The flatbread was removed from the canvas with a lefse stick that measured about 2 feet long by an inch wide. Beveled at the tip, it slid easily underneath the lefse. Sliding the stick all the way across the flatbread allowed for quick lifting and then unfolding onto the griddle. Needless to say, a practiced wrist movement was required.
As Lisa stood behind Lindsay, they rolled out lefse together with all four hands. Both easily pressed the dough to a 14-inch round that was thin enough to reveal the red lettering of the pastry board cover. Lindsay’s dad and grandpa hovered over five lefse griddles that were set at 450 degrees F. and were lined up along the edge of the center counter. This year, the blessing came with no blowing of fuses from having too many griddles on.
The portable electric griddles were made of heavy cask aluminum with a heat range of 100 to 500 degrees F. Their 16-inch diameter provided cooking room for large rounds. Also, because they had no sides, rolled-out lefse could be placed on the cooking surface and removed easily.
Both generations of Lyles worked the griddles in coordinated synchrony. In the opinion of the younger Lyle, lefse was done “when it starts crisping on the edges.” After each flatbread was removed from the griddle, placed on a pile and covered with a towel, the men carefully wiped off any specks of browned flour, leaving a clean new surface to cook on.
“It smells like Christmas,” Kelsie Larson exclaimed as she walked into the church kitchen while lefse baked on griddles. Kelsie, who was working with the Lockwood Boys and Girls Club and Lockwood Schools through the FoodCorps, grew up in Decorah, Iowa, home of the Nordic Fest.
For almost 50 years, this town has celebrated its Norwegian and Scandinavian heritage every July. Kelsie told of how she contributed to lefse making in her family as the dough ball maker, which she did on this day. She fondly remembered eating lefse with sugar, “both brown and white.”
The completed stack of lefse , numbering about 350 and standing nearly a foot high, was to be sold at the bazaar, three for $5. The bazaar was held on the Saturday before Thanksgiving, and an hour into sales, most of the lefse was gone.
The bazaar brimmed with other Scandinavian goodies, including Rommegrot, a sour cream porridge; rosette cookies, light, deep-fried snowflake-shaped cookies; and Krumkakes, thin wafer cookies that were rolled into a cone and often filled with whipped cream.
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Pre-made lefse is available in most grocery stores in Billings in the refrigerated section. Granrud’s Lefse, located just outside Opheim in northeastern Montana, mass-produces lefse. Evan and Myrt Granrud started the company in 1977, now owned by Alice Redfield and Twyla Anderson. Every season they process over 84,000 pounds of red and white dry-land potatoes in their mechanized facility. Mixers, stuffers, rollers and conveyors help a dozen workers process about 560 packages of lefse daily.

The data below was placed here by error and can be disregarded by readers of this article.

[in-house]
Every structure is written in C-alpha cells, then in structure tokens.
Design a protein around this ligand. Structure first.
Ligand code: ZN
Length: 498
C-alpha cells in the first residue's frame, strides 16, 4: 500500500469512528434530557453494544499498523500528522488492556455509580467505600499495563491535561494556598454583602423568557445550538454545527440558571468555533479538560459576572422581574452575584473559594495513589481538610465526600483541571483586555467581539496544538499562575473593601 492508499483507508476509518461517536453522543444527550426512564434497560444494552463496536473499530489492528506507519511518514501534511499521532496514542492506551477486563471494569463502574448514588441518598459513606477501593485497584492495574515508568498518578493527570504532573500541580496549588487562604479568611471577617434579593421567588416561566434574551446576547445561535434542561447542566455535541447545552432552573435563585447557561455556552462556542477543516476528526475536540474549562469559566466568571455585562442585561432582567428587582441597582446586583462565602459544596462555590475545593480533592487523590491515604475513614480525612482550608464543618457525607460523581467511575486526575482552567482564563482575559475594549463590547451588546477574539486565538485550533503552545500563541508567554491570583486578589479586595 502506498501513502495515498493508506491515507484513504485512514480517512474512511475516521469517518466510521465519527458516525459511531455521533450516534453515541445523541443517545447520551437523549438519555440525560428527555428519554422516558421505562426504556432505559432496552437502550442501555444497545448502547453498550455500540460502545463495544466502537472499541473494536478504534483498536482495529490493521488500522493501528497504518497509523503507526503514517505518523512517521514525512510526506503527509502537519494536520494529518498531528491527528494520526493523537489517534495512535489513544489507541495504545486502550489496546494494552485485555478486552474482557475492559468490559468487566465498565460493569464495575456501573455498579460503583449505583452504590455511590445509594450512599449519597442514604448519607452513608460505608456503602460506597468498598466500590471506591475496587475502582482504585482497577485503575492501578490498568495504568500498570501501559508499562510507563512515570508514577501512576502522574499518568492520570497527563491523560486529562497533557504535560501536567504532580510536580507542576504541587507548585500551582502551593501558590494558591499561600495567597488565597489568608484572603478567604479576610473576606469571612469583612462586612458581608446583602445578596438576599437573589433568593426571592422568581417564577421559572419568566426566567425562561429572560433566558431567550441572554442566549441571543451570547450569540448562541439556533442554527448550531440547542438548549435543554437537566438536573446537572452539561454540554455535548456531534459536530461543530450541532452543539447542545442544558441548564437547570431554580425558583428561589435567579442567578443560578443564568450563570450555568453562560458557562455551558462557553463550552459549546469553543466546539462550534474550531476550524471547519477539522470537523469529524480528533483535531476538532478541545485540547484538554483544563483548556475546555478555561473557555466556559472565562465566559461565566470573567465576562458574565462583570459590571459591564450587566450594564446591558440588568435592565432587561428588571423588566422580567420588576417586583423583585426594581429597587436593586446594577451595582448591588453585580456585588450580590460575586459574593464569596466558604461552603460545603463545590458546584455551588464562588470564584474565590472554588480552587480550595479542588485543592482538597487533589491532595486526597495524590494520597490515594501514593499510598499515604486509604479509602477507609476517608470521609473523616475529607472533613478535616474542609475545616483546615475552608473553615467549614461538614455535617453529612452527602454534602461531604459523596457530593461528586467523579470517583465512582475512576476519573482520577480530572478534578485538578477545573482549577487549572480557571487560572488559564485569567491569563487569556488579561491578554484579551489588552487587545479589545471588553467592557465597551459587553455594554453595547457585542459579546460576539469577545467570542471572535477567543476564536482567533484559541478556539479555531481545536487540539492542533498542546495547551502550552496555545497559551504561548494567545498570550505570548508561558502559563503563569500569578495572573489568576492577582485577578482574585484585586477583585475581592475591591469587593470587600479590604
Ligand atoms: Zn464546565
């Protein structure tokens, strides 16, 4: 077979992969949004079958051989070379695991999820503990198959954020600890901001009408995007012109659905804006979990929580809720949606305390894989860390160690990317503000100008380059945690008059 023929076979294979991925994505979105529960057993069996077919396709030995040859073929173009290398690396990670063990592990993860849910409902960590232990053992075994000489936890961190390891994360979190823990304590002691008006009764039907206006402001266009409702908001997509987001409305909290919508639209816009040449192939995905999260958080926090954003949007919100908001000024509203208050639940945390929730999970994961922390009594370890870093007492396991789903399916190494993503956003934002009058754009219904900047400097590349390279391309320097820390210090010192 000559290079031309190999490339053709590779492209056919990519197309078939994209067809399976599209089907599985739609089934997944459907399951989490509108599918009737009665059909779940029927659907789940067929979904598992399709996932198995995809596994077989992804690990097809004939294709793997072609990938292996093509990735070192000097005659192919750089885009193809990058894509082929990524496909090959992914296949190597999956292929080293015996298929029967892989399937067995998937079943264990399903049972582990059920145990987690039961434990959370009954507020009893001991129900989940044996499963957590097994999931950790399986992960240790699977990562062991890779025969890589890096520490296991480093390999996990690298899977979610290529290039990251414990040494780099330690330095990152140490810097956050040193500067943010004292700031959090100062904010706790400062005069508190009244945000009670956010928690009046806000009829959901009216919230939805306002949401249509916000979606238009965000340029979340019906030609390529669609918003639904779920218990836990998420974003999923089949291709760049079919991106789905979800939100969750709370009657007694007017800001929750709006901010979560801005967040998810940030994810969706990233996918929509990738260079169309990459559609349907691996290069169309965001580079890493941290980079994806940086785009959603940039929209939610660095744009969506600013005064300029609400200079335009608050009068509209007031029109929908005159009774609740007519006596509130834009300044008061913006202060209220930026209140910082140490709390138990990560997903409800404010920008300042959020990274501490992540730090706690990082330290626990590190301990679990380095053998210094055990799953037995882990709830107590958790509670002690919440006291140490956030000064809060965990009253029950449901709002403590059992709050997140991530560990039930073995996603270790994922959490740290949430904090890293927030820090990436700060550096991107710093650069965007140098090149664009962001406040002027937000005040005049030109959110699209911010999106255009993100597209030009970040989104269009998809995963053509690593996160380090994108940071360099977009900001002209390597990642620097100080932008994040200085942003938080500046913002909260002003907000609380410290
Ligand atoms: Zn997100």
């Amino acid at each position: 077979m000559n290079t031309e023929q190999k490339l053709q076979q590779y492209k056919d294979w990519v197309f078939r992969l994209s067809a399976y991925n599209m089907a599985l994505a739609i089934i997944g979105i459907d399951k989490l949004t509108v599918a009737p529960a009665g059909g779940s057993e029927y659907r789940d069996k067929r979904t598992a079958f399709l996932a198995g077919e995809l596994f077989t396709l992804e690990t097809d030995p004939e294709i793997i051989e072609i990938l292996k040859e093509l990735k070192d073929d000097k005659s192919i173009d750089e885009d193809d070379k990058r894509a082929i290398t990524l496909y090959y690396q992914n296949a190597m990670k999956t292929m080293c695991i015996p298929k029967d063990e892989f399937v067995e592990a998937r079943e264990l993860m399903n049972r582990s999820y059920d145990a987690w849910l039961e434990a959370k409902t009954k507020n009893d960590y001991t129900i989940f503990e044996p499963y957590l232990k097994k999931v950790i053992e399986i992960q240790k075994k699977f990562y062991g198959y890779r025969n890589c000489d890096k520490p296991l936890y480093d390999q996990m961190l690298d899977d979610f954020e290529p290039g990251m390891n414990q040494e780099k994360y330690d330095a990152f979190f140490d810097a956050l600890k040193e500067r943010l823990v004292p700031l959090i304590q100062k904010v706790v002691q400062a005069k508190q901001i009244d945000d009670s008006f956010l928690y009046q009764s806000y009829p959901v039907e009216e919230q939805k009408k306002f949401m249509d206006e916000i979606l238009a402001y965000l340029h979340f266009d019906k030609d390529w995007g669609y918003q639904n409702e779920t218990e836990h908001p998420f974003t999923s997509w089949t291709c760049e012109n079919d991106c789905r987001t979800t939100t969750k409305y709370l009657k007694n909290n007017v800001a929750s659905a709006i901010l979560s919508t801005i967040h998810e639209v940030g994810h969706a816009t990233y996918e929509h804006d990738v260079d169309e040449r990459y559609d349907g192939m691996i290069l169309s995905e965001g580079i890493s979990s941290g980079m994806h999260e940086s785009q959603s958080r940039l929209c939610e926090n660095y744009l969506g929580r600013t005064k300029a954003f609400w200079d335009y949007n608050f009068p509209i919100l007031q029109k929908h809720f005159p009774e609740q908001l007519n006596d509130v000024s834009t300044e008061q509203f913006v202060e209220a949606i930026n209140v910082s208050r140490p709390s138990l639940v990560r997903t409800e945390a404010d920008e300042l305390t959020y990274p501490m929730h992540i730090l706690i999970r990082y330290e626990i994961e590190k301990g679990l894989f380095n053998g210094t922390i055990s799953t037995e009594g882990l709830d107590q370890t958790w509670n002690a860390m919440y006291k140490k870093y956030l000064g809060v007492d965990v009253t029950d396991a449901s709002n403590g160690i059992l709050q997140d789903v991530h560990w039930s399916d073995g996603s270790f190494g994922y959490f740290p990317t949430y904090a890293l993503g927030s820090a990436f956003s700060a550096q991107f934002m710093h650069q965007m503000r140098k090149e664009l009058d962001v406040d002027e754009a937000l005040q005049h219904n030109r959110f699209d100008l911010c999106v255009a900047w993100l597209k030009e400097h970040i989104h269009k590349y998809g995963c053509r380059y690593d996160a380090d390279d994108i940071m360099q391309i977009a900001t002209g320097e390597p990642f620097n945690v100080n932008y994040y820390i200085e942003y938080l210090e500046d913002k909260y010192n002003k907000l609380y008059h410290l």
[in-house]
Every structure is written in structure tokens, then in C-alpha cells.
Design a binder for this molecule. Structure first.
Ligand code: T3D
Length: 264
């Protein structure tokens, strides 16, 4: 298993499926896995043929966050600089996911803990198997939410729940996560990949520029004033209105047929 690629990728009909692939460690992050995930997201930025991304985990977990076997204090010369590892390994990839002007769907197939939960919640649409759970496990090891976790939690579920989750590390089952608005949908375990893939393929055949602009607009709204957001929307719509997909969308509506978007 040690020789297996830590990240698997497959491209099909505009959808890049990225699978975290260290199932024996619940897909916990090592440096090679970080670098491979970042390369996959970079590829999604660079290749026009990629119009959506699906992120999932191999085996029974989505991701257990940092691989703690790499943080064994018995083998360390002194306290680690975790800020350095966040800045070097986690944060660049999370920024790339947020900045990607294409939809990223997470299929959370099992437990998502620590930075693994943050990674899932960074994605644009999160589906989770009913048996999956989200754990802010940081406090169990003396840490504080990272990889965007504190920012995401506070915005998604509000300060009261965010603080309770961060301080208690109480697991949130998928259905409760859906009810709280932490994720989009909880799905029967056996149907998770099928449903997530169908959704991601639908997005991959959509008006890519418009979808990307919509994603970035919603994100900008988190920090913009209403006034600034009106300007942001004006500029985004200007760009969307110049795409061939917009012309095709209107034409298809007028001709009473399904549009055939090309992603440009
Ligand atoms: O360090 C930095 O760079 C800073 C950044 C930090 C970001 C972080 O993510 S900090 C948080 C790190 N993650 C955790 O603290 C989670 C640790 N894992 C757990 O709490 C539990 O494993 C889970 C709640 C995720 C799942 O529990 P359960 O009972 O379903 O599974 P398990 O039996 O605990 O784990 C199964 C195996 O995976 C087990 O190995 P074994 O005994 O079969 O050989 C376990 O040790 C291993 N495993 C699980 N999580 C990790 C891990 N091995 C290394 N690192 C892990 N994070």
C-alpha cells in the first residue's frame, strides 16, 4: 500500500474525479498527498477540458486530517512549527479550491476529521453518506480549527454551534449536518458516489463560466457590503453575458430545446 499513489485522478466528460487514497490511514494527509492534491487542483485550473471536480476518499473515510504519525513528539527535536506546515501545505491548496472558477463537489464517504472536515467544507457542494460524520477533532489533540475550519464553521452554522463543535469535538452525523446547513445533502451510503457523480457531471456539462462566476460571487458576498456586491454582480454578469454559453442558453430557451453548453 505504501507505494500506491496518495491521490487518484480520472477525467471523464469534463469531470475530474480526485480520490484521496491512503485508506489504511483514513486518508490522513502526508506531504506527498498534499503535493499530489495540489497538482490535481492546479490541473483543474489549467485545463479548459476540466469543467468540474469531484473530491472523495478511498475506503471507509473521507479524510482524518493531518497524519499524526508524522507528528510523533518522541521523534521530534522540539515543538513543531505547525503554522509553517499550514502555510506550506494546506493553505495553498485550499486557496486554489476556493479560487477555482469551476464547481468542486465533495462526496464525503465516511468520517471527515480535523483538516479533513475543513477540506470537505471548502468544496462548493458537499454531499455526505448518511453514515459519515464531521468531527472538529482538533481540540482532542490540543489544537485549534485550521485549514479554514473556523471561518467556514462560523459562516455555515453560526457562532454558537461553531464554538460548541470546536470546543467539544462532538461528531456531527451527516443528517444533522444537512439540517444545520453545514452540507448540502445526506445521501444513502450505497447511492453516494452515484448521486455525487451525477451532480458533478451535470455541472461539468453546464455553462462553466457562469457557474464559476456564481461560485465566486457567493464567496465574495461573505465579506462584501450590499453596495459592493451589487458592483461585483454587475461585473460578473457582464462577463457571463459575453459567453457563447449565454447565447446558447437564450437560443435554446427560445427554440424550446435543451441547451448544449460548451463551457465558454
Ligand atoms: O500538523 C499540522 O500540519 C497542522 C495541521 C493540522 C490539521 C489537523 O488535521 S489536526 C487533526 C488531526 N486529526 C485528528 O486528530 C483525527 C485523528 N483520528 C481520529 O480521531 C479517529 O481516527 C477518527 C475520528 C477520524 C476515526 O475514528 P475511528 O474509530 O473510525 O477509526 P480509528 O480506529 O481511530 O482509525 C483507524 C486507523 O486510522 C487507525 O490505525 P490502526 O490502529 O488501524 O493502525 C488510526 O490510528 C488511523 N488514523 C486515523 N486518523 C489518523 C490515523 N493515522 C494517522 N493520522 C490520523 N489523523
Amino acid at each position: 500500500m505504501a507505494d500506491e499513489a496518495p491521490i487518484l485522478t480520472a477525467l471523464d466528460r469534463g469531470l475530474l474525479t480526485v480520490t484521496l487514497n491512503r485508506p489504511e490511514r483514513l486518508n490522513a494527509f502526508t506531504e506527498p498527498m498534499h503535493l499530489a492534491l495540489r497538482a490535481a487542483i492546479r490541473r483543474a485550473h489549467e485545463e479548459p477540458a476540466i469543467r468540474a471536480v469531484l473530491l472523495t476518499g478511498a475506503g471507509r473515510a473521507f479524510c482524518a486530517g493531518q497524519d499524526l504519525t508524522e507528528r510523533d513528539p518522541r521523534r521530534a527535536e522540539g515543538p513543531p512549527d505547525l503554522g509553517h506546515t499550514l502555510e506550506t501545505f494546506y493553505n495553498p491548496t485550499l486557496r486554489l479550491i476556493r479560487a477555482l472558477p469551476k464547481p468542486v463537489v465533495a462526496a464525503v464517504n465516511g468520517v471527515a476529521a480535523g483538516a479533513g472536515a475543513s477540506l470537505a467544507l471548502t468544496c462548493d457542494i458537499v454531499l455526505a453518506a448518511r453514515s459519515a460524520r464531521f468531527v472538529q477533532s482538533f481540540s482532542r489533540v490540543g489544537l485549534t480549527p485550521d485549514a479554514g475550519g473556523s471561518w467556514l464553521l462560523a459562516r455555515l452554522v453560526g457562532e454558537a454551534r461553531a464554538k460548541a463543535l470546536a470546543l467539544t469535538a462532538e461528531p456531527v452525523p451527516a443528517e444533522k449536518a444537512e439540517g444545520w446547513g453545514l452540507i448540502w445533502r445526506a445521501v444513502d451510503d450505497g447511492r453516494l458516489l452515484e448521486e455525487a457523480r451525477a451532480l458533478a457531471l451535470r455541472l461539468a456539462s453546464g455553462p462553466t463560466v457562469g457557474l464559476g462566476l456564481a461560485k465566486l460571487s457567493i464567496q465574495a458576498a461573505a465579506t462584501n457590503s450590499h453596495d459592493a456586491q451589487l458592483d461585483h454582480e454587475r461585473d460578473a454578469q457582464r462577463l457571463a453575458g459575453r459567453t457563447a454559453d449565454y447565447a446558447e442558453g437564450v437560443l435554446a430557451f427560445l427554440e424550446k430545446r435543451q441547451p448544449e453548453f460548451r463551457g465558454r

Lefse Making Equipment List:
Grooved lefse rolling pin
Rolling pin “sock”
Lefse stick with beveled tips
Local Retail Source:
3175 Grand Avenue, Billings, MT 59101, (406) 652-3877
Bethany Houseware Inc.–This company has been the leading manufacturer of Scandinavian/Norwegian cookware for almost 50 years.
Granrud’s Homemade Style Norwegian Potato Lefse
One pound packages available at Meat and Poultry Palace, Albertsons, IGA, and Lucky’s Market.
Adapted by Kelly Kaiser Borning from Etta Risley’s Recipe
For the Lutheran Church of the Good Shepherd, Kelly used 45 pounds of russet potatoes processed through a ricer and canned evaporated milk. After refrigerating the potato mixture for three days, Kelly mixed the potato mixture with flour for a dough that is slightly sticky. Her dough balls, the size of a small fist, rolled out to thin rounds averaging 14-inches in diameter. Kelly says a pound of potatoes is equivalent to two cups mashed.
6 cups of potatoes, cooked and mashed
1 cup margarine
1 cup canned milk
2 teaspoons salt
2 tablespoons sugar
2 teaspoons baking powder
5 cups flour
Cook and mash the potatoes; while hot add margarine, milk and baking powder, sugar and salt. Cool overnight. Add 4 cups of sifted flour and use the other cup to get the right consistency to roll out into large circles. Bake on a lefse pan.
Stella Fong divides her time between Billings and Seattle, finding new flavors and savoring old. Her articles have appeared in Yellowstone Valley Woman, Big Sky Journal, Western Art and Architecture, the Washington Post, Fine Cooking, and Cooking Light. She teaches the Wine Studies classes for the MSU Billings Foundation.